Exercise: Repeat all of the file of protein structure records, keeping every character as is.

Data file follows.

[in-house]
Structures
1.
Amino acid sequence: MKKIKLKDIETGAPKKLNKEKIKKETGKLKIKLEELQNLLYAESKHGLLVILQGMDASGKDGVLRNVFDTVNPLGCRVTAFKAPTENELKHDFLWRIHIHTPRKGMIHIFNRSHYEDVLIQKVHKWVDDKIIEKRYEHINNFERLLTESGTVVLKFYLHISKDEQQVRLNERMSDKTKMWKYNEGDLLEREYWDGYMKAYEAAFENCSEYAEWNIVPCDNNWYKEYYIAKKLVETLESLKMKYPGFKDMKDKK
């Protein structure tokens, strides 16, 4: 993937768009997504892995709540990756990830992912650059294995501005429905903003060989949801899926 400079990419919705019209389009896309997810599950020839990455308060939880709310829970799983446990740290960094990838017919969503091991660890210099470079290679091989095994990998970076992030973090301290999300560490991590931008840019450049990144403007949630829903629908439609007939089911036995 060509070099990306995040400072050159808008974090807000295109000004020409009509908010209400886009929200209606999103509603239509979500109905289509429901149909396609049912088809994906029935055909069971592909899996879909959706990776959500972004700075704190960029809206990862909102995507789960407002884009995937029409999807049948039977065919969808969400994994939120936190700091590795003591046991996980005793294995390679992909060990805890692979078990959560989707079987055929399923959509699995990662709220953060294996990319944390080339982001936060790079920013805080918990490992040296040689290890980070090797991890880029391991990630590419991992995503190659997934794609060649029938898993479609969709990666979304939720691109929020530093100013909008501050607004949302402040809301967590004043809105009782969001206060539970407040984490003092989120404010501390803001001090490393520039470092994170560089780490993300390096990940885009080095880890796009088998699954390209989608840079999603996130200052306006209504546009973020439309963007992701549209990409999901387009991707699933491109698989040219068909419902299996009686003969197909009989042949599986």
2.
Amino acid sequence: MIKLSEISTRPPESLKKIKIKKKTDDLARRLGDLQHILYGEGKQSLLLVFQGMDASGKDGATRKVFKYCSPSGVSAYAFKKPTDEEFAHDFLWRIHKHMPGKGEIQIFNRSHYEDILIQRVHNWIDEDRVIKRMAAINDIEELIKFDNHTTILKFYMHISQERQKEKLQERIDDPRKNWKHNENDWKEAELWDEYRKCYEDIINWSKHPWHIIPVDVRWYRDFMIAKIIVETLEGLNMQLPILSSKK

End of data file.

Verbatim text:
[in-house]
Structures
1.
Amino acid sequence: MKKIKLKDIETGAPKKLNKEKIKKETGKLKIKLEELQNLLYAESKHGLLVILQGMDASGKDGVLRNVFDTVNPLGCRVTAFKAPTENELKHDFLWRIHIHTPRKGMIHIFNRSHYEDVLIQKVHKWVDDKIIEKRYEHINNFERLLTESGTVVLKFYLHISKDEQQVRLNERMSDKTKMWKYNEGDLLEREYWDGYMKAYEAAFENCSEYAEWNIVPCDNNWYKEYYIAKKLVETLESLKMKYPGFKDMKDKK
């Protein structure tokens, strides 16, 4: 993937768009997504892995709540990756990830992912650059294995501005429905903003060989949801899926 400079990419919705019209389009896309997810599950020839990455308060939880709310829970799983446990740290960094990838017919969503091991660890210099470079290679091989095994990998970076992030973090301290999300560490991590931008840019450049990144403007949630829903629908439609007939089911036995 060509070099990306995040400072050159808008974090807000295109000004020409009509908010209400886009929200209606999103509603239509979500109905289509429901149909396609049912088809994906029935055909069971592909899996879909959706990776959500972004700075704190960029809206990862909102995507789960407002884009995937029409999807049948039977065919969808969400994994939120936190700091590795003591046991996980005793294995390679992909060990805890692979078990959560989707079987055929399923959509699995990662709220953060294996990319944390080339982001936060790079920013805080918990490992040296040689290890980070090797991890880029391991990630590419991992995503190659997934794609060649029938898993479609969709990666979304939720691109929020530093100013909008501050607004949302402040809301967590004043809105009782969001206060539970407040984490003092989120404010501390803001001090490393520039470092994170560089780490993300390096990940885009080095880890796009088998699954390209989608840079999603996130200052306006209504546009973020439309963007992701549209990409999901387009991707699933491109698989040219068909419902299996009686003969197909009989042949599986």
2.
Amino acid sequence: MIKLSEISTRPPESLKKIKIKKKTDDLARRLGDLQHILYGEGKQSLLLVFQGMDASGKDGATRKVFKYCSPSGVSAYAFKKPTDEEFAHDFLWRIHKHMPGKGEIQIFNRSHYEDILIQRVHNWIDEDRVIKRMAAINDIEELIKFDNHTTILKFYMHISQERQKEKLQERIDDPRKNWKHNENDWKEAELWDEYRKCYEDIINWSKHPWHIIPVDVRWYRDFMIAKIIVETLEGLNMQLPILSSKK